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Jem

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Mar 8, 2018, 1:15:24 AM3/8/18
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Reading the comments on that and I'm a bit confused. It says there's a problem with `case class C private` and how to work around it with `sealed abstract case class`. But later in the comments SethTisue seems to be saying you no longer need the workaround because now we have `case class C private` ... 

As of Scala 2.11.11 (with -Xsource:2.12) and Scala 2.12.2, this trick is no longer necessary. Thanks to scala/scala#5730, you can make the constructor private with case class C private (...) and then put your smart apply method in the companion object.


What am I missing?



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Chen Harry

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Mar 8, 2018, 2:58:01 AM3/8/18
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Jem, excellent work. I am just curious why you choose Try instead of IO to handle side-effect? given that Try breaks monad law. 
Cheers,
Harry 

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Jem

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Mar 8, 2018, 3:42:26 AM3/8/18
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Thanks Harry. 

I wanted to stick to the standard lib to make it easier to adopt. (But I don't know my audience, if I have one... perhaps more would prefer 3rd party FP libraries than would be turned away from it...?)

Which side-effecting method are you talking about? The only side-effects I can think of are HTTP related, and these are all Futures. 

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Chris Myers

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Mar 8, 2018, 5:03:24 PM3/8/18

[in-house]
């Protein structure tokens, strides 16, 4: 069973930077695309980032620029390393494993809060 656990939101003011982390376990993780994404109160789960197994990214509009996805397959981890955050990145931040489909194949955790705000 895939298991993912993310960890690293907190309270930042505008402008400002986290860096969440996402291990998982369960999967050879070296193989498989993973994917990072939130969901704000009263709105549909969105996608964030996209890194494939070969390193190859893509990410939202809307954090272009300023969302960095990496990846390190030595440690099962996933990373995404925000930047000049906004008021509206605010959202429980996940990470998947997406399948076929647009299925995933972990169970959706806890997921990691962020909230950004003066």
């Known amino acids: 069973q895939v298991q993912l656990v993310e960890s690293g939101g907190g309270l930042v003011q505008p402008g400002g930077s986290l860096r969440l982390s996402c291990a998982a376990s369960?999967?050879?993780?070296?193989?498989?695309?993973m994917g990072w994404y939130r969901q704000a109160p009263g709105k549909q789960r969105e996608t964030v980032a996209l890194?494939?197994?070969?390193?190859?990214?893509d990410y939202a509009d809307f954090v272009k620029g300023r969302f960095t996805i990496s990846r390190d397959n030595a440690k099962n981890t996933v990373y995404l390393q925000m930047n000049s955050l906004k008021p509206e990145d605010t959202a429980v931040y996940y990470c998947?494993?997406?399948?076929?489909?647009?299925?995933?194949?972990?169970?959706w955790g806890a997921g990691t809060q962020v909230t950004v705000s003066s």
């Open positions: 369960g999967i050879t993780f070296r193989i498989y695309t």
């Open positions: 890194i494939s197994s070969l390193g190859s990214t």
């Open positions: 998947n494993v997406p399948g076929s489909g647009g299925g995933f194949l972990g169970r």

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It certainly looks better than used to be! Though as I understand it, case classes still have a copy method which can undermine the constructor/apply method.  I tried this in the REPL:

scala> :paste
// Entering paste mode (ctrl-D to finish)

case class Hi private (message:String)
object Hi { def apply(msg:String):Option[Hi] = Some(new Hi(msg)) }

// Exiting paste mode, now interpreting.

defined class Hi
defined object Hi

scala> Hi("Chris")
res5: Option[Hi] = Some(Hi(Chris))

scala> res5.get.copy(message="Jem")
res6: Hi = Hi(Jem)

There is a suggestion that you can zero out the copy method, though I haven't tried that yet.

Cheers,
Chris

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Chris Myers

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Mar 8, 2018, 5:07:19 PM3/8/18
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Yeah it looks like zeroing out the copy method works too:

scala> :paste
// Entering paste mode (ctrl-D to finish)

case class Hi private (message:String) { private def copy() = () }
object Hi { def apply(msg:String):Option[Hi] = Some(new Hi(msg)) }

// Exiting paste mode, now interpreting.

defined class Hi
defined object Hi

scala> Hi("Chris")
res8: Option[Hi] = Some(Hi(Chris))

scala> res8.get.copy(message = "Ken")
<console>:16: error: method copy in class Hi cannot be accessed in Hi
       res8.get.copy(message = "Ken")
                ^
<console>:16: error: not found: value message
       res8.get.copy(message = "Ken")
                     ^

Chen Harry

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Mar 8, 2018, 5:24:14 PM3/8/18
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I tried this: 

  sealed abstract case class Hi private (msg: String)

  object Hi {

    def apply(s: String): Option[Hi] = Some(new Hi(s) {})

  }


  val hi = Hi("msg")

and the copy method is gone from hi... I thought it is tpolecat who first proposed the 'sealed abstract case class' thing.. :)

  

Chris Myers

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Mar 8, 2018, 5:29:03 PM3/8/18
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Yep,

But you don't need the `private` keyword if you use `sealed abstract` because only things in that source file can extend it.

I think for now I'll stick with the sealed abstract approach, but YMMV.

Chen Harry

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Mar 8, 2018, 5:36:58 PM3/8/18
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you're right. thanks Chris.